Scottish ‘yes’ vote could improve UK credit

Britain could end up with a better credit rating if Scotland votes for independence, with a ‘yes’ providing the catalyst for an upgrade of the remaining UK’s debt, according to Moody’s.

The rating agency said Scottish independence was “unlikely” to have any impact on the country’s credit and that the elimination of the sizeable fiscal transfers between the rest of Britain and Scotland could actually be a “credit positive”.

In a series of reports on the impact of independence, Moody’s said it believed Scotland would likely hold an investment grade rating, but warned that the rest of the UK would only maintain its current credit if the Scottish accepted their share of Britain’s debt pile.

Moody’s added that a currency union with the rest of the UK would not be good for the Britain’s rating and that the adoption of its own currency would be the best outcome.

“A potential currency union with the remainder of the UK would be credit negative if it were to materialise. However, cross-party opposition to such an outcome makes this unlikely,” said Moody’s.

It added: “Scottish independence would eliminate the current fiscal transfers between Scotland and the remaining regions of the UK, marginally improving fiscal dynamics for the remainder of the UK given higher Scottish per capita public expenditures and Scotland’s older demographic profile.”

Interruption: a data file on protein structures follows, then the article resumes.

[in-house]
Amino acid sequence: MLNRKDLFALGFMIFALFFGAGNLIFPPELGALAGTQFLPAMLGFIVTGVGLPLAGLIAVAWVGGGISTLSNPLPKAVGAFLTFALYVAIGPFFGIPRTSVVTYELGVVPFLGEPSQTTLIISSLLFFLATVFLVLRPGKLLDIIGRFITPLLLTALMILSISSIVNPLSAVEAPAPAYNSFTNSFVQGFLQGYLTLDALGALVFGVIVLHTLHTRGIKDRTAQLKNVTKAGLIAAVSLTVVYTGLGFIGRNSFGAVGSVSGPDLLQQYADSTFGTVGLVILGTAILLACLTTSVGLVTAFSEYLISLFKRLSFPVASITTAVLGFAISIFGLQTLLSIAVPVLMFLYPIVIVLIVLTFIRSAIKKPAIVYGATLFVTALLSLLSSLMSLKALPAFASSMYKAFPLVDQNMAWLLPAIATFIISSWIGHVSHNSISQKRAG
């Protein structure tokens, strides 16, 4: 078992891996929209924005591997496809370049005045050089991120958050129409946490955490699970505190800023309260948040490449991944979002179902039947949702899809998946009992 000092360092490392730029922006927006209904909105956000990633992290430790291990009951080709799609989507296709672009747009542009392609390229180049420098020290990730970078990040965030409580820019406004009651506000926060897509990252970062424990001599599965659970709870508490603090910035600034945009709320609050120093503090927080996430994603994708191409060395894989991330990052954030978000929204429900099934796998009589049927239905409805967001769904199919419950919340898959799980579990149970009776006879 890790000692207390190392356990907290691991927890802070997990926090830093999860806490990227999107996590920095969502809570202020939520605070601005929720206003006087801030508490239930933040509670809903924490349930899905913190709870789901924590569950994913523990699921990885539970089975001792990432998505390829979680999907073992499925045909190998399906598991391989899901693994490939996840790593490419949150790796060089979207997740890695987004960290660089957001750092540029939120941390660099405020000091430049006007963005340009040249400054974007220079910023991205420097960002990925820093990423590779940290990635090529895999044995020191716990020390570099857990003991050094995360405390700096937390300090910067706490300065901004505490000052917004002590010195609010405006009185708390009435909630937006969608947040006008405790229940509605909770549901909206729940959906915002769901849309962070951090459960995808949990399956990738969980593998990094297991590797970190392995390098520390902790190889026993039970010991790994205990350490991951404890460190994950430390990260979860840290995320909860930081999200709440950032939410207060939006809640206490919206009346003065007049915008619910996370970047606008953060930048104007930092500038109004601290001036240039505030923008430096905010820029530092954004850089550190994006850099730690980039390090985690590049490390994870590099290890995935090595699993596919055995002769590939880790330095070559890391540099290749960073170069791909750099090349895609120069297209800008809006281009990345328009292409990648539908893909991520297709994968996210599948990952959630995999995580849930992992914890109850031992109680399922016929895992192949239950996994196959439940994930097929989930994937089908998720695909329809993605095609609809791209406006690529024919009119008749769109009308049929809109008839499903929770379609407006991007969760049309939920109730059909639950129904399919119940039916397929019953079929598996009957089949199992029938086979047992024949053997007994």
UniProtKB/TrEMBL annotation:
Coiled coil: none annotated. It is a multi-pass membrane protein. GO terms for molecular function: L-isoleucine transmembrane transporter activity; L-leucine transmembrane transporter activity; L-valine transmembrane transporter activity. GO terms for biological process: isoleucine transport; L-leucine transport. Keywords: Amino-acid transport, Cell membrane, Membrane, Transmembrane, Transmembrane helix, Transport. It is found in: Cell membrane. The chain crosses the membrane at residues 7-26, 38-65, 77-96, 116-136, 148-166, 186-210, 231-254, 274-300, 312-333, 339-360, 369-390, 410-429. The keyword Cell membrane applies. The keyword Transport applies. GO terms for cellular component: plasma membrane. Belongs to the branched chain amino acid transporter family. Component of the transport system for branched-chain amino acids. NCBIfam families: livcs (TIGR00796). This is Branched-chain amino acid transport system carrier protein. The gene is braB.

Moody’s said it expected it would award an independent Scotland an ‘A’ rating, but said that it could well end up with a worse credit. In particular, the ratings agency pointed to redenomination risks with savers’ deposits being converted from pounds into the country’s new currency, which it warned “might not possess the external purchasing power of sterling”.
Last week, Standard & Poor’s said it thought Scotland was risking creating an Icelandic-style banking crisis if it voted for independence, pointing the likely size of banking assets compared to the country’s post-independence economy.

Several major financial groups are registered or headquartered in Scotland, including Lloyds Banking Group and Royal Bank of Scotland, but S&P warned these organisations would face pressure to move operations south of the border.

“In our view, the willingness and ability of a future Scottish government to support its banking system is challenging at this point,” said S&P.

Lloyds and RBS have avoided giving their opinion on a ‘yes’ or ‘no’ vote, but have warned in their annual reports that independence presents a potentially significant risk for their businesses.

The British Bankers’ Association recently surveyed its members on the subject of independence, but found little appetite to actively campaign in favour of maintaining the Union, particularly after the CBI’s embarrassing U-turn on the issue.